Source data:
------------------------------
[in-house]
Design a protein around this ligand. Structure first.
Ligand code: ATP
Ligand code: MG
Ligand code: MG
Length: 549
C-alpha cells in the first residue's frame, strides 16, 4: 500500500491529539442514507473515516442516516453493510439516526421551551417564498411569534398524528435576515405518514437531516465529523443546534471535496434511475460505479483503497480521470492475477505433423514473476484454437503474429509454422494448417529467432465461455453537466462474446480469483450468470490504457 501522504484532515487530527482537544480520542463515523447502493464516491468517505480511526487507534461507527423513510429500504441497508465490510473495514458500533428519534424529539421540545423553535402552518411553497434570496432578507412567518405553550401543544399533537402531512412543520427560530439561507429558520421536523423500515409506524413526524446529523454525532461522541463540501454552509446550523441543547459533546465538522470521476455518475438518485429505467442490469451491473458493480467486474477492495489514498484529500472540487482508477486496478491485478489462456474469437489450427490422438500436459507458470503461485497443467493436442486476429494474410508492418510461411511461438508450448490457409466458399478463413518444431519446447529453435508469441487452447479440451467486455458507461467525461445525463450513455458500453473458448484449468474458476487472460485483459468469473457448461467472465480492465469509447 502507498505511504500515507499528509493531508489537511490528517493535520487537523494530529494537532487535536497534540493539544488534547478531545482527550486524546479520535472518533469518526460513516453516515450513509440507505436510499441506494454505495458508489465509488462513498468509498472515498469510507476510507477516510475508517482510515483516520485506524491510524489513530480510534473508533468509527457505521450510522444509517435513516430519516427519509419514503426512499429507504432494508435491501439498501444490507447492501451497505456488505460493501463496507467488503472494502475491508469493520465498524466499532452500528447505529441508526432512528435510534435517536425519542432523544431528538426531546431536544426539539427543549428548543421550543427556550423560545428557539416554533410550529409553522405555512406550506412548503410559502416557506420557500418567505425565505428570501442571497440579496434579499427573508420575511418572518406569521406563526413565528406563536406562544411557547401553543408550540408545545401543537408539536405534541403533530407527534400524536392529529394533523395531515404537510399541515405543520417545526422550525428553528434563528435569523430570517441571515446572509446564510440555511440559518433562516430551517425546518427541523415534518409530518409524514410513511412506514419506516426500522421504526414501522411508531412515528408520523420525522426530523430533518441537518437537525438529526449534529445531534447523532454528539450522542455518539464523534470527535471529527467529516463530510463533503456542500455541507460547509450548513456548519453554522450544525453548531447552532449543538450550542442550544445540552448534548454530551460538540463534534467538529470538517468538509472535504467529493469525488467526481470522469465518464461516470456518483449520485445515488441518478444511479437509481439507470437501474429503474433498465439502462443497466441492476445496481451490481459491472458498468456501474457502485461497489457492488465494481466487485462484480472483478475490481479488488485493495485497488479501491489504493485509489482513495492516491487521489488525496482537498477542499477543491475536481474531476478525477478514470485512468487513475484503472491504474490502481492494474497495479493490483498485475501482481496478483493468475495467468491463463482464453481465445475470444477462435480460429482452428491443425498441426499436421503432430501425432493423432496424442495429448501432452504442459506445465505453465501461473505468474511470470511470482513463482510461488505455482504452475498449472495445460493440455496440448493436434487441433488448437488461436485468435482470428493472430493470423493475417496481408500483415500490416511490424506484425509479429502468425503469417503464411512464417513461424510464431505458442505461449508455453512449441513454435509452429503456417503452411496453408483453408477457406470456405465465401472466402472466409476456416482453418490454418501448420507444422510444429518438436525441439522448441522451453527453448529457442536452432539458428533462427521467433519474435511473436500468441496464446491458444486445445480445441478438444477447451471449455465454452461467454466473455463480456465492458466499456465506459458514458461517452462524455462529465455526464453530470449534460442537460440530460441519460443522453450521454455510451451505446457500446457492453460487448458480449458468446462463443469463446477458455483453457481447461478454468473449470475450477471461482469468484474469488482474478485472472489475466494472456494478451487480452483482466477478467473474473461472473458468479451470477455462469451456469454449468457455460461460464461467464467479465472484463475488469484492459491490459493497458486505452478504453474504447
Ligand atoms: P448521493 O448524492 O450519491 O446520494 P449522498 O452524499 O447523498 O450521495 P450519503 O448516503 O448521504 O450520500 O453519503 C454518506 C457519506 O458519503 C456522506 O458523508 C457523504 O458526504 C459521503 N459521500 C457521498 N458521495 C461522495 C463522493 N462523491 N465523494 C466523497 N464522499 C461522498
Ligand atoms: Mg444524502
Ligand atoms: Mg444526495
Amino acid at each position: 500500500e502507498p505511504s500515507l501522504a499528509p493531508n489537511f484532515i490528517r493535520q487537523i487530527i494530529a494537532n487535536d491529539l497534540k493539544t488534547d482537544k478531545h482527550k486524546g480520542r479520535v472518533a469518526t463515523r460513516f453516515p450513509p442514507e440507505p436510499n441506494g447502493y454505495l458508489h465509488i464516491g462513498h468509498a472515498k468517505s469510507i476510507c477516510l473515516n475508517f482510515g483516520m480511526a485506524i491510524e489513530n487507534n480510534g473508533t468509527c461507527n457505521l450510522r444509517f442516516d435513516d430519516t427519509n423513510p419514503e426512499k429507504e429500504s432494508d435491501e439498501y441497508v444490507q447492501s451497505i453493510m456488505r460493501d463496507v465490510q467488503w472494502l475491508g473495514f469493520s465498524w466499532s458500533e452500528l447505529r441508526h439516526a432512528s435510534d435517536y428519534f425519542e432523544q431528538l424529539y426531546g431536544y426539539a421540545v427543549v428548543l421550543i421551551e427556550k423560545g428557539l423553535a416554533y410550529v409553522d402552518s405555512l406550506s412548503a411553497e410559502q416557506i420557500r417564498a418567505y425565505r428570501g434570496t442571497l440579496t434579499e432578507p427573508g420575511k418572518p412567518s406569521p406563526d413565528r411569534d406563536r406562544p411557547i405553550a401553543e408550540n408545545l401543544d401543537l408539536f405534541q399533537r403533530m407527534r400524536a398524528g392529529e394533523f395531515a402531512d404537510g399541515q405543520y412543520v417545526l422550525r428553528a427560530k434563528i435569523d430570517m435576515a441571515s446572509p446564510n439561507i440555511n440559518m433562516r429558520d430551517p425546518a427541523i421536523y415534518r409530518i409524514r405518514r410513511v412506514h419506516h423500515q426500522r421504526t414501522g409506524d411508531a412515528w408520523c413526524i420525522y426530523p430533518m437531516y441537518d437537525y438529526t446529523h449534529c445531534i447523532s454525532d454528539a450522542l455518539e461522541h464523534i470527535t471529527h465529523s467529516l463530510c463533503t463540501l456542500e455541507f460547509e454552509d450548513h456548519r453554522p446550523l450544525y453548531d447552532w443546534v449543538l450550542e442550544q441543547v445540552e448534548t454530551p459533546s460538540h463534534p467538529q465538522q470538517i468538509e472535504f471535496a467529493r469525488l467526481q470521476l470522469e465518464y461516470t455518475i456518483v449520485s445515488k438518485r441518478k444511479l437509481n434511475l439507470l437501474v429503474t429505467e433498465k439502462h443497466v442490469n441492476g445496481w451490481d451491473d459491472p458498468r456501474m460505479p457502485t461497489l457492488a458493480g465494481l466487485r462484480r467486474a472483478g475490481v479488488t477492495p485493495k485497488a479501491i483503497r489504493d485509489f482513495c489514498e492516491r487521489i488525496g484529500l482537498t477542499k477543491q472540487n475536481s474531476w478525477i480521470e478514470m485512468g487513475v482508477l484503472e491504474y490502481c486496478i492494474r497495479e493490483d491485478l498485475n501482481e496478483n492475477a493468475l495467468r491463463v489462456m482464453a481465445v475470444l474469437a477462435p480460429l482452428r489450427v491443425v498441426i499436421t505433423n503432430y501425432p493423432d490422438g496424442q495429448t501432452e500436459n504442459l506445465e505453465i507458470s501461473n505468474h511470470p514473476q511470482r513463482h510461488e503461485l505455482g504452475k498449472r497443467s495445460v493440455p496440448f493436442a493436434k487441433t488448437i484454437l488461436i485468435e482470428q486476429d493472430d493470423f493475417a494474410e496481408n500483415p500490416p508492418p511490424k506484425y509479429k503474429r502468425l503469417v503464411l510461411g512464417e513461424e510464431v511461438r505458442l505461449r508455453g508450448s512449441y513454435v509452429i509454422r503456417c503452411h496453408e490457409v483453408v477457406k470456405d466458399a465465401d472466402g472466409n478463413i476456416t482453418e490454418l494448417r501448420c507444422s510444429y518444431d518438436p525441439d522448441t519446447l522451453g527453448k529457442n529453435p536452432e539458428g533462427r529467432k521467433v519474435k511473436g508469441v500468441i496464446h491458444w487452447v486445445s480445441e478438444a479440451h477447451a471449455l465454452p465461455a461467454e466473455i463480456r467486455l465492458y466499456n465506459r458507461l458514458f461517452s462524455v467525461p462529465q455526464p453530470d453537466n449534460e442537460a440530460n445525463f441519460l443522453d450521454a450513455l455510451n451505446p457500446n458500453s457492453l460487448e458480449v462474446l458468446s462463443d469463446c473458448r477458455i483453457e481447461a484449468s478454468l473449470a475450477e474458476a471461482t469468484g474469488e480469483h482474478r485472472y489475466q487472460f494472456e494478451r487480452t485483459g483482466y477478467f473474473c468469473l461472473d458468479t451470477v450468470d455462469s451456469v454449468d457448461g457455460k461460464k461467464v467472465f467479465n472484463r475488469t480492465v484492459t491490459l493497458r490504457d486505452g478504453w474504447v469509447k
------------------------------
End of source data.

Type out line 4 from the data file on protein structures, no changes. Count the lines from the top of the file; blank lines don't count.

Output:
Ligand code: MG